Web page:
Boise State Recruiting and You (And the Rest of the MWC vs AAC)

Greetings and Salutations,

We Bronco fans have been fortunate to root for a university that fields a good to great team on an annual basis, which is a whole lot more than most of what the rest of the MWC or AAC can say. But what is the reason for Boise State's success over the last 20 years? Certainly BSU has not brought in overly good recruits, as far as star ratings go, so the reason for such long and sustained success must be tied to a number of reasons. I believe the reasons hinge on two sources.

1: BSU brings in guys who are selfless and team oriented.

2: Players are developed through superior coaching and environment

Over the years, as BSU has increased in name recognition and notoriety, they have been able to bring in better and better players. However, as we have seen in 2006, 2009, and 2014, the players we have are not rated high because of talent per se, but because they typically lack some tangible measurable; they are just a bit short, or not heavy enough. We can name players who have been high on talent but literally short, Doug Martin, SWR, or Kellen Moore come to mind.

BSU believes in player development, in fact, it has built its system entirely on it. Players typically don't see the field until they are redshirt Sophomores or later because they need time to prepare their bodies and adapt to the the pace of the collegiate game. The benefits are apparent, BSU fields teams that are comprised of mature, grown men that have been groomed for roughly two to three years of success. The bad side is that injuries have a markedly sharp effect if backups are too few or too green.

BSU has to rely on player development because while they get good players, they rarely get college ready players straight out of high school. This statement is true for most programs, but 'college ready' is a relative term, and there little doubt that most BSU recruits would probably see the field as freshmen at most Sun Belt schools. Conversely, a good portion of SEC recruits would see the field as true freshmen if they were at Boise St. A good example is DSG, he was bound for aTm, where he would have been buried on the depth chart for a couple of years, but was immediately called into action as a true freshman at BSU. (Here in Texas, aTm haters say it means something that would make most people blush).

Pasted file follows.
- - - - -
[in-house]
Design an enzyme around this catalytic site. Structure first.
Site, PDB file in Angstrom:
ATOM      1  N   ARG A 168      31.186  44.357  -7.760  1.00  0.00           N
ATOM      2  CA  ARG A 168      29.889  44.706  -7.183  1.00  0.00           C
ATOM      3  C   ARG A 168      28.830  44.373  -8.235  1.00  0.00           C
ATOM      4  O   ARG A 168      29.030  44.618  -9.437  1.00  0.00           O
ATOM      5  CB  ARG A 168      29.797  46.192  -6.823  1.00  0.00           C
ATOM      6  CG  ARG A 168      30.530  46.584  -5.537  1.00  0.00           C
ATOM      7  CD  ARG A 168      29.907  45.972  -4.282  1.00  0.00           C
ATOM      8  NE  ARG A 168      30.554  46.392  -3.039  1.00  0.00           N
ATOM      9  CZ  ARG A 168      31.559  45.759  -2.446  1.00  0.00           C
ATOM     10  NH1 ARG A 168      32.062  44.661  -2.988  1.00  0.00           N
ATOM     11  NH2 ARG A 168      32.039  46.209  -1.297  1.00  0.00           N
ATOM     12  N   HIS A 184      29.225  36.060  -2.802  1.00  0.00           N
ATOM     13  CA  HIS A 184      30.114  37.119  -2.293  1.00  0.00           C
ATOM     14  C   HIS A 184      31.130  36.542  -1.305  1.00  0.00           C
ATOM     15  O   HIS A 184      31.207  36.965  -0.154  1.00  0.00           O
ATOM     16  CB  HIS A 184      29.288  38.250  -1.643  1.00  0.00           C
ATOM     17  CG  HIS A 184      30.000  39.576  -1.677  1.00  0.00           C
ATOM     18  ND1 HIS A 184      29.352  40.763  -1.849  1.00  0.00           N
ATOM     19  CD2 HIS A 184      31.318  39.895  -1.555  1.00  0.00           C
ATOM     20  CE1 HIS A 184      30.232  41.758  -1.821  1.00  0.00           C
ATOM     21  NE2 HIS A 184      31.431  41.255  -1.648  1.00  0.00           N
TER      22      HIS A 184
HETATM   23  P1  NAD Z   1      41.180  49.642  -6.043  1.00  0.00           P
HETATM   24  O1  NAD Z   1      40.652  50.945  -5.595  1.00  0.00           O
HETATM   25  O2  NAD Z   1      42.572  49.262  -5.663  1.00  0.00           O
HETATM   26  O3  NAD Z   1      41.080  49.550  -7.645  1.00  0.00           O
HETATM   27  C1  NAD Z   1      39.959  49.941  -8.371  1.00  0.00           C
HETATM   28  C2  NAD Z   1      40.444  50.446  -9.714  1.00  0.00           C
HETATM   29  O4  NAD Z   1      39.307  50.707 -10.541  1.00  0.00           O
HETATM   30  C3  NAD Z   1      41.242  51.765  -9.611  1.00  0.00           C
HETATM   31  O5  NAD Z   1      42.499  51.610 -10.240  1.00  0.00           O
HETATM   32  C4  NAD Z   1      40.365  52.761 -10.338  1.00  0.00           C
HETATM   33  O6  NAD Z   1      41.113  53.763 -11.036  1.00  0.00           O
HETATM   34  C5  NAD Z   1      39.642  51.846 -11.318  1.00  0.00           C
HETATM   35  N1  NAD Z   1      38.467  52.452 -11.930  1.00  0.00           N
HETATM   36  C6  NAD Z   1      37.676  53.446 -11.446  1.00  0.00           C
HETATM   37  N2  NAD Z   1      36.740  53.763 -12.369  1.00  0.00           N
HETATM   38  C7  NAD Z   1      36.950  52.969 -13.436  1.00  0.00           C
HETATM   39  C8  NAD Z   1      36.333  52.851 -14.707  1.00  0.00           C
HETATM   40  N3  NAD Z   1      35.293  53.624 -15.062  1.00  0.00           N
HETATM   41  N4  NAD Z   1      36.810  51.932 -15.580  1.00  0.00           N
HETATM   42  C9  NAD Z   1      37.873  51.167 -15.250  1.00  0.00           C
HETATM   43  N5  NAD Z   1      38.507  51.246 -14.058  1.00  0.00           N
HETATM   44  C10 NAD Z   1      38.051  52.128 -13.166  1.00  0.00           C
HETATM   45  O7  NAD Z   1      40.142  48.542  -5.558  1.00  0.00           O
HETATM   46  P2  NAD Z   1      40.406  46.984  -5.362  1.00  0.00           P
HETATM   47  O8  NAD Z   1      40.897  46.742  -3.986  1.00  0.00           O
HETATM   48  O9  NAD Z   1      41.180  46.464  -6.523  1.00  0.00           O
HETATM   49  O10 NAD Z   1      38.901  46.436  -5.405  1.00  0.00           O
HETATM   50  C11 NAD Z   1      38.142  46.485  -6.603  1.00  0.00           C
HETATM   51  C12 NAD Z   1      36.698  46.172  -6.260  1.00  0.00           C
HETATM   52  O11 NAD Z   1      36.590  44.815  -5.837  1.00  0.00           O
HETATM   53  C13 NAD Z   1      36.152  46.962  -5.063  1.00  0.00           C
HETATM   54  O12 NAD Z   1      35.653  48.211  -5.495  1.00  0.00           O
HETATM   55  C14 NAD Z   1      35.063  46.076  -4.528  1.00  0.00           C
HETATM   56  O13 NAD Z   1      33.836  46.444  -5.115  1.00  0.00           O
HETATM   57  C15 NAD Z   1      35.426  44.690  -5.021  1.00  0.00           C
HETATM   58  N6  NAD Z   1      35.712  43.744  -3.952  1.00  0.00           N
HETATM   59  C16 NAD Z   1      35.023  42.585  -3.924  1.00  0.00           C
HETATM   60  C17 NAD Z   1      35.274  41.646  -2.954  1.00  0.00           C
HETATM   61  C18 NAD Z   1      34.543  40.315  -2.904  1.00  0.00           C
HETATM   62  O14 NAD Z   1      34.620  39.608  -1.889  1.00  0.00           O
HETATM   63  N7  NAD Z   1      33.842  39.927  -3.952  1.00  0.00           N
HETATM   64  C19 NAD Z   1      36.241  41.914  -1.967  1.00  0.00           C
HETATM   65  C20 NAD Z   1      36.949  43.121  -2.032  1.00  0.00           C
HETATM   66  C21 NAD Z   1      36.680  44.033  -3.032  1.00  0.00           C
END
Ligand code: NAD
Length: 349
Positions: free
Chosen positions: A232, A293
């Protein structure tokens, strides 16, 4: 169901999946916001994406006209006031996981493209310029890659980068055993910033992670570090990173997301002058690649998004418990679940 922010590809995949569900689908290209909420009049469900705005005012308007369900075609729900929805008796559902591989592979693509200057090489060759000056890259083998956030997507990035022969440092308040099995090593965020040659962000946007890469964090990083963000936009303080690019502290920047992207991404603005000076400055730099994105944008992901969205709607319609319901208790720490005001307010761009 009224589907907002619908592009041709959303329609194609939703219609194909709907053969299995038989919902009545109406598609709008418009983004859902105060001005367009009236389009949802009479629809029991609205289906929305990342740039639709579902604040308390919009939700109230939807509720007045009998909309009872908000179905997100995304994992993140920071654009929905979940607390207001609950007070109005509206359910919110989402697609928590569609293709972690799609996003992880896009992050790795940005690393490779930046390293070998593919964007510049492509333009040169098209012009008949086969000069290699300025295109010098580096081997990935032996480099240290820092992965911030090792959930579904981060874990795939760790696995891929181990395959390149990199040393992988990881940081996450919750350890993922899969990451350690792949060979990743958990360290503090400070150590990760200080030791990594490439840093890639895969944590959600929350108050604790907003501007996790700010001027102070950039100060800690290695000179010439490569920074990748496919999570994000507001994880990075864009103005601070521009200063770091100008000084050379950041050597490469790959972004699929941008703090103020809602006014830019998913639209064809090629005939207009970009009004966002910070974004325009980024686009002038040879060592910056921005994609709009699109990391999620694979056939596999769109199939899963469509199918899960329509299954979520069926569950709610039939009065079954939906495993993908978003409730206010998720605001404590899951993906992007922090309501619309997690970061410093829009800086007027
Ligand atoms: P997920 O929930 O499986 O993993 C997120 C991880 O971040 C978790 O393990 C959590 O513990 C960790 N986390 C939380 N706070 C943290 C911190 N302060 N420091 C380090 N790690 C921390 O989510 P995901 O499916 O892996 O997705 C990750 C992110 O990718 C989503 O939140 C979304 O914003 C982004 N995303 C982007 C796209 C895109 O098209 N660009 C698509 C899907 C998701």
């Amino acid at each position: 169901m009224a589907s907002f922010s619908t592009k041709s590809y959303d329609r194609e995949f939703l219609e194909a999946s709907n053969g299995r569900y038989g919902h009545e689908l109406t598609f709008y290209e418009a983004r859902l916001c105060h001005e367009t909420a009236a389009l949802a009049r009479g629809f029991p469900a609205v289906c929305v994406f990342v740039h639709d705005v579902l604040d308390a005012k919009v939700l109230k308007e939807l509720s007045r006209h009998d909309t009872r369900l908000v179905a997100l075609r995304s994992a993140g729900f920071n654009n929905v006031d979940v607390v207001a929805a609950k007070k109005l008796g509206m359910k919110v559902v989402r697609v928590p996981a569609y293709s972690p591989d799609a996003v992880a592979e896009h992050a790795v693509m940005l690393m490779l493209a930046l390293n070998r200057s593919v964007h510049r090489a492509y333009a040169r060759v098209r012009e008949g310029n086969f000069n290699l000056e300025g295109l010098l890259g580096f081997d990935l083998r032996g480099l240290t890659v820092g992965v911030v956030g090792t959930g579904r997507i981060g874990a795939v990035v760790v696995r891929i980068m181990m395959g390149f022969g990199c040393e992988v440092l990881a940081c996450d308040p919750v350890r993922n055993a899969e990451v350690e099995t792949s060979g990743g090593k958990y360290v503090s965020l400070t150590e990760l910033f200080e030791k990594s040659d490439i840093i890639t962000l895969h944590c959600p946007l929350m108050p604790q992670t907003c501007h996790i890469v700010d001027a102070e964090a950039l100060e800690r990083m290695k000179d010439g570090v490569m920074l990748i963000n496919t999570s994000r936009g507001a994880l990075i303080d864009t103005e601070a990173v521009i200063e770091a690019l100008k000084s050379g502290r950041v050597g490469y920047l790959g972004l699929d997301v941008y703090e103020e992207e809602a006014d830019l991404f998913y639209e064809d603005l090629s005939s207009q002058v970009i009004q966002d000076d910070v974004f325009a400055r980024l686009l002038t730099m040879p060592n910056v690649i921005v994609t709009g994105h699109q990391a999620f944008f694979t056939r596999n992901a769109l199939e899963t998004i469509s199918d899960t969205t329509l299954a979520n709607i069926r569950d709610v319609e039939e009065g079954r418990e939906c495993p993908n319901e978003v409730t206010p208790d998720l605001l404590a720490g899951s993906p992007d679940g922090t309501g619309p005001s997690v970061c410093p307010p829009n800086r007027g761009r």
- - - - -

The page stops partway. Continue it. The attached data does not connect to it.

So while star ratings are not the end-all, be-all, better players allow for better depth and provide a higher platform from which the program can jump, especially if a solid development program is in place. Everyone knows this and is why everyone clamors for the best players they can get their hands on. Some teams succeed in getting solid recruits, some do not.

So how did BSU do this year of 2016? Let's take a look shall we?



Above on should see an interesting trend forming. Namely, that since 2005, there seems to be a tick-tock motion in recruiting. One year will see the best class in school history, as far as average recruit ratings are concerned, then the next year will dip just a bit. The 2016 class is the 3rd best class, average recruit-wise, with a rating of 81.27 average per recruit. I pulled the information from 24/7 Sports Composite, as this service aggregates their ratings along with other high-profile evaluation sites like Scout, Rivals, and ESPN. This evens out the ratings and gives a very broad evaluation of all each recruit. Scout has BSU ranked at 49th nationally, Rivals has BSU at 55th; ESPN has Boise St at 68th; and 24/7 Sports Composite has BSU at 67th in the nation.

Now as far as what the numbers mean; 24/7 has it delineated as follows:

110 - 101 = Franchise Player. One of the best players to come along in years, if not decades. Odds of having a player in this category every year is slim. This prospect has "can’t miss" talent.

100 - 98 = Five-star prospect. One of the top 30 players in the nation. This player has excellent pro-potential and should emerge as one of the best in the country before the end of his career. There will be 32 prospects ranked in this range in every football class to mirror the first round of the NFL Draft.

97 - 90 = Four-star prospect. One of the top 300 players in the nation. This prospect will be an impact-player for his college team. He is an All-American candidate who is projected to play professionally.

89 - 80 = Three-star prospect. One of the top 10% players in the nation. This player will develop into a reliable starter for his college team and is among the best players in his region of the country. Many three-stars have significant pro potential.

79 - below = Two-star prospect. This player makes up the bulk of Division I rosters. He may have little pro-potential, but is likely to become a role player for his respective school.